Designing successful products and services that people like, requires an understanding of the context and the aspirations of those people. Over the past decade, a range of methods has been developed to help designers gain such empathy. These have worked well when designer and target user share a cultural context. However, designers often find it difficult to empathize with the user insights of individuals from a culture beyond their first-hand experience. To help designers step beyond this limitation, those user insights need to be placed in a larger understanding of the cultural context. In this paper, we present Cultura: a toolkit that uses nine cultural aspects based on cultural models, informing designers about user insights in a broader cultural context. The toolkit was evaluated in design sessions with four design teams. The findings indicate that Cultura provides inspiration and motivation for designers to gain empathic insights into users beyond their own cultural boundaries and to make effective designs for people.
This paper presents the main process of a graduate course entitled ‘Generative Design Research for Sustainability’ offered in the Department of Industrial Design at Middle East Technical University in the spring semester of 2015/2016 through exemplary design research cases conducted by the graduate students at the doctoral level. These cases focus on the adaptation of the generative tool and the method, namely Experience Chart (EC) Guide tool (Kulaksız, 2016) and Experience Reflection Modelling (ERM) method (Turhan, 2013), in line with the graduate students’ particular research topics. First, the paper provides the course objectives, outcomes and process, then, it explains the EC Guide tool and the ERM method to be adapted and implemented within the context of the course. Then, these generative tool and method, and their adaptations are demonstrated through the exemplary cases (i.e. efficient use of working environment in design studios, lighting practices in kitchen environment, and interactive prototyping practice) selected from the submitted assignments considering their quality, originality and comprehensiveness. The main emphasis of this paper is on the adaptation and implementation of the EC Guide tool and the ERM method through providing the experiences, insights and suggestions of the graduate students who are also the co-authors of the paper. Based on that review, major conclusions and findings are presented through comparing and contrasting these cases for the future development of the course.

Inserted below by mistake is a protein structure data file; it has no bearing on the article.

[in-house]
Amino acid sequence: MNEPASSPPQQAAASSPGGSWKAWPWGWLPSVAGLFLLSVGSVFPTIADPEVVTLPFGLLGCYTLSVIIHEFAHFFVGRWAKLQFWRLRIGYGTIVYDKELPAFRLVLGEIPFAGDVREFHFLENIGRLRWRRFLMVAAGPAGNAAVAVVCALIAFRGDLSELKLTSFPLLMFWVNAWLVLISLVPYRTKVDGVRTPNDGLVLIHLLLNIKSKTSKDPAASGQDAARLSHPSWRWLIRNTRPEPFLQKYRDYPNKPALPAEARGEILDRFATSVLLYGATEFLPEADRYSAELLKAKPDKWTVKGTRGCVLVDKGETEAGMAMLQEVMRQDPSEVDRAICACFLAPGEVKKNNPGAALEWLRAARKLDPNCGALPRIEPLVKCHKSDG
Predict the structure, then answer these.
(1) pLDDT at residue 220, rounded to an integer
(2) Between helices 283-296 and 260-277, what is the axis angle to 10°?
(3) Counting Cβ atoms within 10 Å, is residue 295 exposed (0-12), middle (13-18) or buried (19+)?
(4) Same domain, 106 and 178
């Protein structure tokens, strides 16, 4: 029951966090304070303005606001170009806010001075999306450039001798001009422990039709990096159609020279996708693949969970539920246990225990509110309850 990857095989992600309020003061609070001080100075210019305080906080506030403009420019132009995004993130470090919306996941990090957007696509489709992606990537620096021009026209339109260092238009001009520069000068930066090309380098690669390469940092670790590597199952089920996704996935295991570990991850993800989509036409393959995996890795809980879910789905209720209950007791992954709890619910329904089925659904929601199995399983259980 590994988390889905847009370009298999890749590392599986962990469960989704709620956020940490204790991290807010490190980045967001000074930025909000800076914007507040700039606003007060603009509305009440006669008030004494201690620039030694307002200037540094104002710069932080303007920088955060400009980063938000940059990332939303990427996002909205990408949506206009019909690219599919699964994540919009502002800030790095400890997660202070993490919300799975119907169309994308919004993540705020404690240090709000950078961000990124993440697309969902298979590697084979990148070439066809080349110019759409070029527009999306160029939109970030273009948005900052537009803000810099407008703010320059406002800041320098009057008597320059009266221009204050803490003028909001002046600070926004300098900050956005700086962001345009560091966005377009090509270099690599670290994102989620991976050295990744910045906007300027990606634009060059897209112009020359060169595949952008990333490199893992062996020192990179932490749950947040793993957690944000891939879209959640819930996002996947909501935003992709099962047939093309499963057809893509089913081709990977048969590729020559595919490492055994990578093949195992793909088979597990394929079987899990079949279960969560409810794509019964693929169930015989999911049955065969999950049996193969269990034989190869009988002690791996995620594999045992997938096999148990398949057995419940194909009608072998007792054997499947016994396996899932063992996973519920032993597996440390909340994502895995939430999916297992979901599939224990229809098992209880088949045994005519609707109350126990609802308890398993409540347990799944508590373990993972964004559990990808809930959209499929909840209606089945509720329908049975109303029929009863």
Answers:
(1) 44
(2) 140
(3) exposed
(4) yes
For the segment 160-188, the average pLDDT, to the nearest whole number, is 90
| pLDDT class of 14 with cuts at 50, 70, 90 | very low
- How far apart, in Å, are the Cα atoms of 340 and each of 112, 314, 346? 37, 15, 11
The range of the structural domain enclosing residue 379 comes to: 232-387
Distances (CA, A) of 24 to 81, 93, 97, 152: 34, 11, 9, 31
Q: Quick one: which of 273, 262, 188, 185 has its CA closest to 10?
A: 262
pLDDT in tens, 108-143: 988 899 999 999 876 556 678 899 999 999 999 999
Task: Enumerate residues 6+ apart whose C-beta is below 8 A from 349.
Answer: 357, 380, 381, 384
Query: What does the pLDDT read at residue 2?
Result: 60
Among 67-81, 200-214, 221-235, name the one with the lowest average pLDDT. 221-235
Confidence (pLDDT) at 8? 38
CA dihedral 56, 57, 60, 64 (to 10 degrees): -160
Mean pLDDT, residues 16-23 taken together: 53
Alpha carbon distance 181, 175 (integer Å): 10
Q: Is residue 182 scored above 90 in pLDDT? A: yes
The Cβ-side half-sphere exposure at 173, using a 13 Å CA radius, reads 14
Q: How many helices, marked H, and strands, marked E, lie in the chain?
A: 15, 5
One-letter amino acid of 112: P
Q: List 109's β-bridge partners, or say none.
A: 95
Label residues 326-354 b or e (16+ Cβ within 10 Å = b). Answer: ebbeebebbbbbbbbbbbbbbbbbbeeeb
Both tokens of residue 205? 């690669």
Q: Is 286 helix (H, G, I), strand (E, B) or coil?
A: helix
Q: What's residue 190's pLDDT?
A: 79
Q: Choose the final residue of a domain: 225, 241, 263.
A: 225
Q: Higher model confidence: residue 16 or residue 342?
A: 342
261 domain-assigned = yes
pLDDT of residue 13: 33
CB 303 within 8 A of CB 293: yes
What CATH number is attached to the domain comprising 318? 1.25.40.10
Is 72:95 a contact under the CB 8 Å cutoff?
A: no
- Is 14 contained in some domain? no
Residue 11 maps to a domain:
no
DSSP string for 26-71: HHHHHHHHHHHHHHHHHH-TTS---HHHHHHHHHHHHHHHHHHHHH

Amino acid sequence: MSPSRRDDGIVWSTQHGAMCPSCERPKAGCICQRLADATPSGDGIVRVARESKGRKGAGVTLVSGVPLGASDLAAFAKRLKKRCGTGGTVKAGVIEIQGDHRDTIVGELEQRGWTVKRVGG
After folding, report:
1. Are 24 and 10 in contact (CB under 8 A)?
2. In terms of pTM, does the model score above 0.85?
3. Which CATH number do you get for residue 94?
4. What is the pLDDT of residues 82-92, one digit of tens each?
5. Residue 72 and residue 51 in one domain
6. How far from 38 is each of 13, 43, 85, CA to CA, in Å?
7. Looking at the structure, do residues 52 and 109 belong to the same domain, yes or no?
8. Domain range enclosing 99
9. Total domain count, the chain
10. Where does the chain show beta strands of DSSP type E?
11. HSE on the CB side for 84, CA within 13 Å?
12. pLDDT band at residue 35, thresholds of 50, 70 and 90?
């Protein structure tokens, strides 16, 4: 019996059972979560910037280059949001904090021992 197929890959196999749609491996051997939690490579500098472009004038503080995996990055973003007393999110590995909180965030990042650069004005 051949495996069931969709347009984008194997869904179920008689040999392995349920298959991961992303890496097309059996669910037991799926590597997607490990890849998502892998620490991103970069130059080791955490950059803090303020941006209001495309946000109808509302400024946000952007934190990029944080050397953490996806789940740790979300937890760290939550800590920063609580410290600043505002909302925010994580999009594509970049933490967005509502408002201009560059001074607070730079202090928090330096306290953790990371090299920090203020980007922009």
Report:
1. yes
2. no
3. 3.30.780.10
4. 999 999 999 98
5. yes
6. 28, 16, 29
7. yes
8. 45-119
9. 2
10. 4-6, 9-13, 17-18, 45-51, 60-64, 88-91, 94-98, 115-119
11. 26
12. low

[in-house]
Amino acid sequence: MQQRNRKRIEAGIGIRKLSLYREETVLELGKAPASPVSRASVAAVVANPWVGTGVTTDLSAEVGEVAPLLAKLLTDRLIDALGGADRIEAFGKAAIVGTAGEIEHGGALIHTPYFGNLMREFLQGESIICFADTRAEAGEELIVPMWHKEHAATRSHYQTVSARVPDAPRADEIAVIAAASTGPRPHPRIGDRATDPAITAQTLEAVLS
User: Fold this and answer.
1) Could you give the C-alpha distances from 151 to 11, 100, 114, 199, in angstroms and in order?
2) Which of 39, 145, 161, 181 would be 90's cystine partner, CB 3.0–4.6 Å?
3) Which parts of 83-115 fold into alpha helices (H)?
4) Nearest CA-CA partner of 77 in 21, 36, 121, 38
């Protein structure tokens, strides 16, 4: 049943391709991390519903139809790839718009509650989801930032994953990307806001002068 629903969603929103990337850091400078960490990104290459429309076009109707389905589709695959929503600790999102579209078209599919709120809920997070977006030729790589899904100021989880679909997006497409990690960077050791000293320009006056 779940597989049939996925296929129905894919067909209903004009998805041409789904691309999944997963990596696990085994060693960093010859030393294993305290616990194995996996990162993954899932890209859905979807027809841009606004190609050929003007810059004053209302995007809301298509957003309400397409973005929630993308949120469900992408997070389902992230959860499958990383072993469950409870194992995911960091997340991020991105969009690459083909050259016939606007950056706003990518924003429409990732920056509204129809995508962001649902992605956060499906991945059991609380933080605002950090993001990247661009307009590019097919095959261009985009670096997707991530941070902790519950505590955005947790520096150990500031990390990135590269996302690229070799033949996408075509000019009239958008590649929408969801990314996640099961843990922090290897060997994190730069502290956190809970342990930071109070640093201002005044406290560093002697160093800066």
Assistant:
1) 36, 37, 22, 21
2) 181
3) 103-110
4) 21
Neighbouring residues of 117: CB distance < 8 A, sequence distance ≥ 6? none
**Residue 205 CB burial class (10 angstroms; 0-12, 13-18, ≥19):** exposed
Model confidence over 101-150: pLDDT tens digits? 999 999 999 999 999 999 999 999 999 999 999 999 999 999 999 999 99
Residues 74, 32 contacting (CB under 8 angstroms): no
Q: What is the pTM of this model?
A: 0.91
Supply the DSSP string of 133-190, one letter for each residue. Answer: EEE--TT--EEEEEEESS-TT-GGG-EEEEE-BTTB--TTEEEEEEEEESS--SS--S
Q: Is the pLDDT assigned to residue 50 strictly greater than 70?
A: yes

In this paper we report on new challenges when teaching UX students how to sketch and prototype their designs. We argue that UX students sketch and prototype differently than other design students, and we discuss how changes in the field necessitate a response in education. We describe sketching and prototyping as a continuum that students successfully traverse when they follow a process of ‘double loop learning’. We highlight three new challenges: (1) New computational design materials, (2) new maker tools, and (3) changes within the tech industry. We explore these three challenges through examples from our students, and we outline strategies for sketching and prototyping in this new reality. We conclude that this is a starting point for further work on keeping education up to speed with practice.
From the 1980s, design thinking has emerged in companies as a method for practical and creative problem solving, based on designers’ way of thinking, integrated into a rational and iterative model to accompany the process. In companies, design thinking helped valuing creative teamwork, though not necessarily professional designers’ expertise. By pointing out two blind spots in design thinking models, as currently understood and implemented, this paper aims at shedding light on two rarely described traits of designers’ self. The first relies in problem framing, a breaking point that deeply escapes determinism. The second blind spot questions the post project process. We thus seek to portray designers’ singularity, in order to stimulate critical reflection and encourage the opening-up to design culture. Companies and organizations willing to make the most of designers’ expertise would gain acknowledging their critical heteronomy to foster innovation based on strong and disruptive visions, beyond an out-of-date problem solving approach to design.